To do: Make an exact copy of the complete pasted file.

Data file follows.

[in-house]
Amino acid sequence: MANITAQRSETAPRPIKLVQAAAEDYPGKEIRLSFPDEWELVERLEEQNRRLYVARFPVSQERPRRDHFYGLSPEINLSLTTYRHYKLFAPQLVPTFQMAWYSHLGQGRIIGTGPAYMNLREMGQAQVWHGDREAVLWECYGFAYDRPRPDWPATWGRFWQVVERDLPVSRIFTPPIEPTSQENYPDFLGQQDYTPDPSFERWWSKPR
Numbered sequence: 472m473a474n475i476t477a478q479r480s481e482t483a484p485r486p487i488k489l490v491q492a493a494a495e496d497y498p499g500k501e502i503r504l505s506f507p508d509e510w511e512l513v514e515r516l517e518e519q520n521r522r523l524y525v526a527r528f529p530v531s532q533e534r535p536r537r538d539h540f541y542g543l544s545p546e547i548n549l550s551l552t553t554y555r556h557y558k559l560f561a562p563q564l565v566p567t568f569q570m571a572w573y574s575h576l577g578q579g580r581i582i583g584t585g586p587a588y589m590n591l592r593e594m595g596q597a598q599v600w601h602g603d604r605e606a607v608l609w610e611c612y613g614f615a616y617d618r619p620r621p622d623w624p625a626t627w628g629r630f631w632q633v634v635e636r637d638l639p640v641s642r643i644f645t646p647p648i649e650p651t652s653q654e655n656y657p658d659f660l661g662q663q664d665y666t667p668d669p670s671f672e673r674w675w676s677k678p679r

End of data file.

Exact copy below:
[in-house]
Amino acid sequence: MANITAQRSETAPRPIKLVQAAAEDYPGKEIRLSFPDEWELVERLEEQNRRLYVARFPVSQERPRRDHFYGLSPEINLSLTTYRHYKLFAPQLVPTFQMAWYSHLGQGRIIGTGPAYMNLREMGQAQVWHGDREAVLWECYGFAYDRPRPDWPATWGRFWQVVERDLPVSRIFTPPIEPTSQENYPDFLGQQDYTPDPSFERWWSKPR
Numbered sequence: 472m473a474n475i476t477a478q479r480s481e482t483a484p485r486p487i488k489l490v491q492a493a494a495e496d497y498p499g500k501e502i503r504l505s506f507p508d509e510w511e512l513v514e515r516l517e518e519q520n521r522r523l524y525v526a527r528f529p530v531s532q533e534r535p536r537r538d539h540f541y542g543l544s545p546e547i548n549l550s551l552t553t554y555r556h557y558k559l560f561a562p563q564l565v566p567t568f569q570m571a572w573y574s575h576l577g578q579g580r581i582i583g584t585g586p587a588y589m590n591l592r593e594m595g596q597a598q599v600w601h602g603d604r605e606a607v608l609w610e611c612y613g614f615a616y617d618r619p620r621p622d623w624p625a626t627w628g629r630f631w632q633v634v635e636r637d638l639p640v641s642r643i644f645t646p647p648i649e650p651t652s653q654e655n656y657p658d659f660l661g662q663q664d665y666t667p668d669p670s671f672e673r674w675w676s677k678p679r